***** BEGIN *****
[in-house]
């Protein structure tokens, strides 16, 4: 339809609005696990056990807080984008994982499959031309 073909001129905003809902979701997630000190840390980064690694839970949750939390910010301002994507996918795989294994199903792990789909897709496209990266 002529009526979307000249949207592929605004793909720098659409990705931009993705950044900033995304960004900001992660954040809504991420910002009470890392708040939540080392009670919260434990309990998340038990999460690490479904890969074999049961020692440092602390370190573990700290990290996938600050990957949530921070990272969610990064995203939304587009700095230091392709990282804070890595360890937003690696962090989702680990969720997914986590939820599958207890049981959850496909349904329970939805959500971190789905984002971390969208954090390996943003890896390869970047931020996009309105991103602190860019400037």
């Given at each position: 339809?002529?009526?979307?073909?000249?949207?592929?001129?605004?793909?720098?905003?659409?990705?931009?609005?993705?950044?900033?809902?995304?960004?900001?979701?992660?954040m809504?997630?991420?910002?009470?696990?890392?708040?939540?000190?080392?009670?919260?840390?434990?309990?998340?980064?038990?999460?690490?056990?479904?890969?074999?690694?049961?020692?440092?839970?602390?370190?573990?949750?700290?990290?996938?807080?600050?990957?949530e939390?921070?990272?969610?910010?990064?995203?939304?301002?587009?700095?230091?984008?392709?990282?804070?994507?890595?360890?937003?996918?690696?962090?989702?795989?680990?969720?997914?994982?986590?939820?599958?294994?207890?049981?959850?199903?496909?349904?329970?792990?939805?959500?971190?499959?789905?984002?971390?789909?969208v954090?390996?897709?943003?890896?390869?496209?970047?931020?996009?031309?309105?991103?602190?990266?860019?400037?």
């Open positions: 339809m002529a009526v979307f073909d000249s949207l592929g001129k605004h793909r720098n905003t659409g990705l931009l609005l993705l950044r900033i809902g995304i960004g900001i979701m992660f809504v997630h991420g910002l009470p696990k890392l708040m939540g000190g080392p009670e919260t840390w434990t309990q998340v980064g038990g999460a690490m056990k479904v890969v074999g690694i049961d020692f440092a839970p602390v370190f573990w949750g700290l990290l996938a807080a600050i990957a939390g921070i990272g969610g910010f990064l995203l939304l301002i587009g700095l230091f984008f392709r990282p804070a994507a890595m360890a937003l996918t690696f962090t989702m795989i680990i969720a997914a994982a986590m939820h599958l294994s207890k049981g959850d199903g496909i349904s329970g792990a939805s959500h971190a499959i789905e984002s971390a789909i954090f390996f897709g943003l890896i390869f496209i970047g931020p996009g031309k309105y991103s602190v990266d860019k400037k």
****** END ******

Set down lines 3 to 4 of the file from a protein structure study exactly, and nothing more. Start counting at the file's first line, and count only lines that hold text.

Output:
């Given at each position: 339809?002529?009526?979307?073909?000249?949207?592929?001129?605004?793909?720098?905003?659409?990705?931009?609005?993705?950044?900033?809902?995304?960004?900001?979701?992660?954040m809504?997630?991420?910002?009470?696990?890392?708040?939540?000190?080392?009670?919260?840390?434990?309990?998340?980064?038990?999460?690490?056990?479904?890969?074999?690694?049961?020692?440092?839970?602390?370190?573990?949750?700290?990290?996938?807080?600050?990957?949530e939390?921070?990272?969610?910010?990064?995203?939304?301002?587009?700095?230091?984008?392709?990282?804070?994507?890595?360890?937003?996918?690696?962090?989702?795989?680990?969720?997914?994982?986590?939820?599958?294994?207890?049981?959850?199903?496909?349904?329970?792990?939805?959500?971190?499959?789905?984002?971390?789909?969208v954090?390996?897709?943003?890896?390869?496209?970047?931020?996009?031309?309105?991103?602190?990266?860019?400037?």
């Open positions: 339809m002529a009526v979307f073909d000249s949207l592929g001129k605004h793909r720098n905003t659409g990705l931009l609005l993705l950044r900033i809902g995304i960004g900001i979701m992660f809504v997630h991420g910002l009470p696990k890392l708040m939540g000190g080392p009670e919260t840390w434990t309990q998340v980064g038990g999460a690490m056990k479904v890969v074999g690694i049961d020692f440092a839970p602390v370190f573990w949750g700290l990290l996938a807080a600050i990957a939390g921070i990272g969610g910010f990064l995203l939304l301002i587009g700095l230091f984008f392709r990282p804070a994507a890595m360890a937003l996918t690696f962090t989702m795989i680990i969720a997914a994982a986590m939820h599958l294994s207890k049981g959850d199903g496909i349904s329970g792990a939805s959500h971190a499959i789905e984002s971390a789909i954090f390996f897709g943003l890896i390869f496209i970047g931020p996009g031309k309105y991103s602190v990266d860019k400037k």